Thousands of tonnes no longer being landfilled

Each of Waimakariri’s residents on average is dumping almost 70kg less rubbish when compared to 2017.

This is an extract from the April 2024 e-Newsletter

While on a personal basis that’s quite the feat, when considered across the District that’s 4,685 tonnes less rubbish!

Council’s 2023 Waste Assessment showed a drop in per-capita waste from 325 kg/capita to 256 kg/capita since the last assessment in 2017.

A visual audit at Southbrook Resource Recovery Park by Waste Not Consulting also indicated that the optional organics bin collection service has resulted in a significant decrease in organic waste going to landfill.

Solid Waste Asset Manager Kitty Waghorn said this is a great result for Waimakariri.

“Of the councils whose waste has been audited by the same consultant, we are one of the lowest in New Zealand for per-capita waste.”

There’s also been an uptake of recycling across the District, and she gives credit to those living rurally.

“We’ve got people from rural areas who really love coming to the transfer stations and doing their recycling there. So, even if we don’t provide kerbside collections out to them, they are still doing their bit.”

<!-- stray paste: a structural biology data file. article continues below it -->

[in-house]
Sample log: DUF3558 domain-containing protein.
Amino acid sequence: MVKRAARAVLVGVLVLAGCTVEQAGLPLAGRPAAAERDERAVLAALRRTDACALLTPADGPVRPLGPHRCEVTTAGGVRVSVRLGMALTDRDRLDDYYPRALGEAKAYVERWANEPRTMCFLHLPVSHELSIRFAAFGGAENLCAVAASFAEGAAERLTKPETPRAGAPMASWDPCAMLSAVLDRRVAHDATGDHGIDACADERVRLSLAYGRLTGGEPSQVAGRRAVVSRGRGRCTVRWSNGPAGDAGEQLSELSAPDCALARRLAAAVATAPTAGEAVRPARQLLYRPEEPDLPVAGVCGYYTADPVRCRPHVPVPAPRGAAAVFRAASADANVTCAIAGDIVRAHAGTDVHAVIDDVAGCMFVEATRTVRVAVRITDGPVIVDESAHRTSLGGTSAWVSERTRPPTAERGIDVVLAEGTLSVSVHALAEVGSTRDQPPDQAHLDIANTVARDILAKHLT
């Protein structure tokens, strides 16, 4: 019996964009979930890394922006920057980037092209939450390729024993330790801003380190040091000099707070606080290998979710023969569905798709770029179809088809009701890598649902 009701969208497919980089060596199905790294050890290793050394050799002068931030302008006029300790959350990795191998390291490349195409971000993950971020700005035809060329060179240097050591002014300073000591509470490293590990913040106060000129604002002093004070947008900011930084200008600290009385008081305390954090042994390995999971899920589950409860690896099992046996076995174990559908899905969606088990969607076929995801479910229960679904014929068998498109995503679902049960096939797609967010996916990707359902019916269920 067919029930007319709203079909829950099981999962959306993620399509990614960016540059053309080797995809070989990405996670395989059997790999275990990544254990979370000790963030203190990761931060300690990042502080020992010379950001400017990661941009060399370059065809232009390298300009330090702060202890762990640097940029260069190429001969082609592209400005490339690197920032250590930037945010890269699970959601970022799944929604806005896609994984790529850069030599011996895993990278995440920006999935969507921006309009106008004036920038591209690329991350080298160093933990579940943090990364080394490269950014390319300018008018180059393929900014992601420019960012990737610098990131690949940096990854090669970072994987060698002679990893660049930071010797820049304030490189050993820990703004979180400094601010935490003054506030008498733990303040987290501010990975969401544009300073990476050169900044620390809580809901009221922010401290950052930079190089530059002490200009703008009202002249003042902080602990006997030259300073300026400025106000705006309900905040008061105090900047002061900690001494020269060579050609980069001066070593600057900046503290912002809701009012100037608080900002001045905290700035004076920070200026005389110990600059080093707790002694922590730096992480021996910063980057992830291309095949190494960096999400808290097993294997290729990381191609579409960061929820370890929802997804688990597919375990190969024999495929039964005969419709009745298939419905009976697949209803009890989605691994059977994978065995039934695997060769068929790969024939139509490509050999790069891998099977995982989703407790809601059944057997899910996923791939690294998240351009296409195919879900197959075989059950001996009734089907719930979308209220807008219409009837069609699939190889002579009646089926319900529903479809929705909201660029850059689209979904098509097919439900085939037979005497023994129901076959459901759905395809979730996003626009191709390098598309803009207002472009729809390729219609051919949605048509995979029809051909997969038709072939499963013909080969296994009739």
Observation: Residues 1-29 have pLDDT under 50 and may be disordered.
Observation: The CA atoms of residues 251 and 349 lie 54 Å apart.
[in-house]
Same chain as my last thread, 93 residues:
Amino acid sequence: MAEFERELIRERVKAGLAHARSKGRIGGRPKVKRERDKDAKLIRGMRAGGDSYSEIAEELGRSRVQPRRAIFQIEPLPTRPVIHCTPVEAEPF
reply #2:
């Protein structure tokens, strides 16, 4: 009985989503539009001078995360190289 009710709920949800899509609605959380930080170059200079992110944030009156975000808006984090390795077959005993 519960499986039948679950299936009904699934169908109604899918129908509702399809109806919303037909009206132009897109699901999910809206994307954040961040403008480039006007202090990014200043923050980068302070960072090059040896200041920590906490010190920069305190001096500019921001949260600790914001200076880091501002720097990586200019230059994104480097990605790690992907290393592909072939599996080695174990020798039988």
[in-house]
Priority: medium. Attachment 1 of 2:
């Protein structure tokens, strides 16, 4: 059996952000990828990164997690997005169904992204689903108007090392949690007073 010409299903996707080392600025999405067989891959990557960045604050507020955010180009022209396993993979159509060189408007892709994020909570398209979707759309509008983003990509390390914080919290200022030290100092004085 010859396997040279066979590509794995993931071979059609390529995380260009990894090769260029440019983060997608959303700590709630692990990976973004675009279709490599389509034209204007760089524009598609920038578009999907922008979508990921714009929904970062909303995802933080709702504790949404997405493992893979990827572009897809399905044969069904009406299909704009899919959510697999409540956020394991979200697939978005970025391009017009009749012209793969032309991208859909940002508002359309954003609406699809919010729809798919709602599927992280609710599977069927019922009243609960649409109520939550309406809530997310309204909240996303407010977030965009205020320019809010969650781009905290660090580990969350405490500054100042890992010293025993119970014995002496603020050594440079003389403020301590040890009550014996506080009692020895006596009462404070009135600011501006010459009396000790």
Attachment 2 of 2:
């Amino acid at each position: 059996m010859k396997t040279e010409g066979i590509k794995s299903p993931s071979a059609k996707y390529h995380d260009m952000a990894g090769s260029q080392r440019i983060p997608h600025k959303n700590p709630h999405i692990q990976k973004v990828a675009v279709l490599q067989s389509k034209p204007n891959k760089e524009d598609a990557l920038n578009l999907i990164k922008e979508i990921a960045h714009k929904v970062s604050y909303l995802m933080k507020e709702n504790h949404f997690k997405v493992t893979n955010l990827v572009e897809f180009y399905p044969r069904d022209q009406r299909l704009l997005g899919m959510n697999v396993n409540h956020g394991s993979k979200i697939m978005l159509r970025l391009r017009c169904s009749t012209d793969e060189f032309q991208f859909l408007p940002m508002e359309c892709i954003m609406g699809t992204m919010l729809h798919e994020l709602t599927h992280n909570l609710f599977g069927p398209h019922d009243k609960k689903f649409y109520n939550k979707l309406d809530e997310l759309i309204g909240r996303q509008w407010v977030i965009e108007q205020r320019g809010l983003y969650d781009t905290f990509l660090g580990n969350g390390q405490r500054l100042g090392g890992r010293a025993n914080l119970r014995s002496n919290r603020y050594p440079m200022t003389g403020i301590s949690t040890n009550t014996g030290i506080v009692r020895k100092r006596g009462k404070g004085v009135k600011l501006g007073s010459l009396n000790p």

Although the Waste Assessment produced some clear wins, it was a reminder that there is still work to be done. A sort and weigh audit of organics and rubbish bins, and council rubbish bags, as well as the visual audit at Southbrook Resource Recovery Park both revealed that food scraps and garden waste is still contributing to a substantial proportion of waste going to landfill.

This shows that, while the organics kerbside collection service has been effective at bringing down the amount of organic waste making it to landfill overall, there is still garden and food waste going into rubbish bins and bags. And that’s something the Council is going to have to work with the community to change.

Since its launch in 2019, 70% of properties eligible for the organics kerbside service now have a green wheelie bin.

Households can choose the organics bin size that suits them best out of the 80L, 140L and 240L size range, but Kitty said there are many simple ways that households can reduce the amount of food scraps and garden waste that makes it into those bins each week.

“Things like the choices people make at the supermarket, through to composting at home and setting up worm farms.

“A great resource is the Love Food, Hate Waste website. They have great tips on meal-planning and making sensible shopping choices, how to store your food to prevent waste, and recipes to help people use leftovers and more commonly discarded food scraps.”

Waimakariri District Council is required to undertake a Waste Assessment every six years, in accordance with the Waste Minimisation Act 2008.

The results from the 2023 Waste Assessment will be used to identify key issues and priority areas that will influence Council’s new draft Waste Management and Minimisation Plan which is up for review later this year.

Learn more about Rubbish, Recycling & Organics

Stay informed, stay involved.
Subscribe for early access to our newsletter and
exclusive Council Project & Community updates.
Subscribe now